What first attracted you to new TV show Treadstone you might ask? I couldn’t possibly say *eyes wander upwards…*
“You will be a great soldier for our cause”
I hadn’t intended to watch Treadstone but the realisation that Brian J Smith was in it made it somewhat more appealing… Throw in Jeremy Irvine too and suddenly it proves very much relevant to my interests. It’s a new TV series located in the Bourne film universe, full of international spy capers and also a bit of timeline trickery as it looks both at the beginnings of the Treadstone black ops programme in the 1970s and its present-day activities and their ramifications.
The neatest trick in Tim Kring’s series is to decentralise the narrative, so instead of a Bourne, or pseudo-Bourne figure at the heart of this story, we’re following a whole raft of sleeper agents across the globe as they’re ‘reactivated’ into killing machines. So there’s vigour and variety in the untold action sequences, and a real sense of stories to be told as all of these people struggle with the realisation of what they are responsible for, even as that responsibility has been robbed from them. So lots to look forward to, including a number of British faces such as Jamie Parker and Tom Mothersdale, alongside the pretty boys 😉
Christopher Adams and Timothy Allsop’s Open at the VAULT Festival is exactly the kind of fresh, forward-thinking queer theatremaking we need more of
“Do I want my first kiss to be on the District Line?”
A real sense of genuine feeling ripples all the way through Open. Husbands in real life, co-stars on this stage, Christopher Adams and Timothy Allsop’s play explores their nine year relationship and the ways in which it has evolved from meeting on Guardian Soulmates through civil partnership to marriage, accompanied by their decision to be open to sleeping with other men.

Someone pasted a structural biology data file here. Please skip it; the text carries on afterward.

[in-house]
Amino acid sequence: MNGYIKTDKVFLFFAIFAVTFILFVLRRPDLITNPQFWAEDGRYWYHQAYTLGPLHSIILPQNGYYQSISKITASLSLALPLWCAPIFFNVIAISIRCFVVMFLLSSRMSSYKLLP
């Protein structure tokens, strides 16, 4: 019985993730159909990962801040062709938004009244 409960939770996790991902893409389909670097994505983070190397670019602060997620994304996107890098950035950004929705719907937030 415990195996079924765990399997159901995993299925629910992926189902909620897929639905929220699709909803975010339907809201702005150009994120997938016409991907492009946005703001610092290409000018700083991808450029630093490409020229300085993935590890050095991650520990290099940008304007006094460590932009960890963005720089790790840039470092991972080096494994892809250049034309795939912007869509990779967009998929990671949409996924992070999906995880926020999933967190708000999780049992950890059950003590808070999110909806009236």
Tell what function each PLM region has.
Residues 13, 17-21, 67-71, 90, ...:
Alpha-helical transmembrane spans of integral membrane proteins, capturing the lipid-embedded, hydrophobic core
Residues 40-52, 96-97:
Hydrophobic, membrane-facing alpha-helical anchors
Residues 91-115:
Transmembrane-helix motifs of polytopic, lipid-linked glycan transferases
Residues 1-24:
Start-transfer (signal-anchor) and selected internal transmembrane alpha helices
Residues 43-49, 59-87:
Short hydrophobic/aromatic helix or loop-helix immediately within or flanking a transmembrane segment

Statistics are tossed out – apparently 40% of gay couples are in open relationships – but what makes Open work is the specificity of the story being told here. This is no advertorial for all gay men to sleep around, but rather Chris and Tim’s deeply personal history being laid out, a bracingly frank investigation into the reasons for their choices and exactly how it made them feel. Continue reading “Review: Open, VAULT Festival”
“It’s a good idea, some people might find it funny”
Grief does funny things to people. Different things too. Some retreat into themselves, trapped in a fug of isolation they can’t see a way out of. Others go out of their way to show the world that everything is fine, going so far as to dress up in a tiger suit, even if they’re dying on the inside. Joe Eyre’s Tiger, directed by Will Maynard, brings the two together with some cheesecake, some yoga, a whole lotta David Bowie and a brand of neatly intelligent comedy.
Comedian Alice is the one experiencing the first kind of grief. Utterly poleaxed by the death of a loved one, she’s completely withdrawn from the outside world and even from her doctor boyfriend Oli, whose patience is being stretched to breaking point after six long months. The hunt for a flatmate brings a man dressed as a tiger to their front door replete with a suite of knock knock jokes and a chink of light in the darkness of Alice’s depression. Continue reading “Review: Tiger, VAULT Festival”